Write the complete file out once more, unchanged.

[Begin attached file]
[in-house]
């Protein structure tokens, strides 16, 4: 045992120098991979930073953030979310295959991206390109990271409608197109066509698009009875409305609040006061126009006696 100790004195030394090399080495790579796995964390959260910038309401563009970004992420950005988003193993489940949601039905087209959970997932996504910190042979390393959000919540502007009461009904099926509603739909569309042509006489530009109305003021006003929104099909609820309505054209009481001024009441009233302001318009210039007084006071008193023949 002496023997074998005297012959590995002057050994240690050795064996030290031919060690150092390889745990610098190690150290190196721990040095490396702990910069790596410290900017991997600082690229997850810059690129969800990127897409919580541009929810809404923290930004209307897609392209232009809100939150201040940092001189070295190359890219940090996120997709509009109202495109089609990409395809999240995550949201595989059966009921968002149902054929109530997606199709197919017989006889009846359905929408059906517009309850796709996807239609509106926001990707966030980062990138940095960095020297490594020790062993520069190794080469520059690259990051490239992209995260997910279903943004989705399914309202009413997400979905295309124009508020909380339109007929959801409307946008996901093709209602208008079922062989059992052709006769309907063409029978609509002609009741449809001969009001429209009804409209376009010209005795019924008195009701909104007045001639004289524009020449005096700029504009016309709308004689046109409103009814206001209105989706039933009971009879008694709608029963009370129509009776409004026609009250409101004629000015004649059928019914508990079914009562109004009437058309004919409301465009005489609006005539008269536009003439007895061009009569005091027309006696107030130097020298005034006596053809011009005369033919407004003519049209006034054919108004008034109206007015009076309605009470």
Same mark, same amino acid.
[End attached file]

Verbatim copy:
[in-house]
């Protein structure tokens, strides 16, 4: 045992120098991979930073953030979310295959991206390109990271409608197109066509698009009875409305609040006061126009006696 100790004195030394090399080495790579796995964390959260910038309401563009970004992420950005988003193993489940949601039905087209959970997932996504910190042979390393959000919540502007009461009904099926509603739909569309042509006489530009109305003021006003929104099909609820309505054209009481001024009441009233302001318009210039007084006071008193023949 002496023997074998005297012959590995002057050994240690050795064996030290031919060690150092390889745990610098190690150290190196721990040095490396702990910069790596410290900017991997600082690229997850810059690129969800990127897409919580541009929810809404923290930004209307897609392209232009809100939150201040940092001189070295190359890219940090996120997709509009109202495109089609990409395809999240995550949201595989059966009921968002149902054929109530997606199709197919017989006889009846359905929408059906517009309850796709996807239609509106926001990707966030980062990138940095960095020297490594020790062993520069190794080469520059690259990051490239992209995260997910279903943004989705399914309202009413997400979905295309124009508020909380339109007929959801409307946008996901093709209602208008079922062989059992052709006769309907063409029978609509002609009741449809001969009001429209009804409209376009010209005795019924008195009701909104007045001639004289524009020449005096700029504009016309709308004689046109409103009814206001209105989706039933009971009879008694709608029963009370129509009776409004026609009250409101004629000015004649059928019914508990079914009562109004009437058309004919409301465009005489609006005539008269536009003439007895061009009569005091027309006696107030130097020298005034006596053809011009005369033919407004003519049209006034054919108004008034109206007015009076309605009470």
Same mark, same amino acid.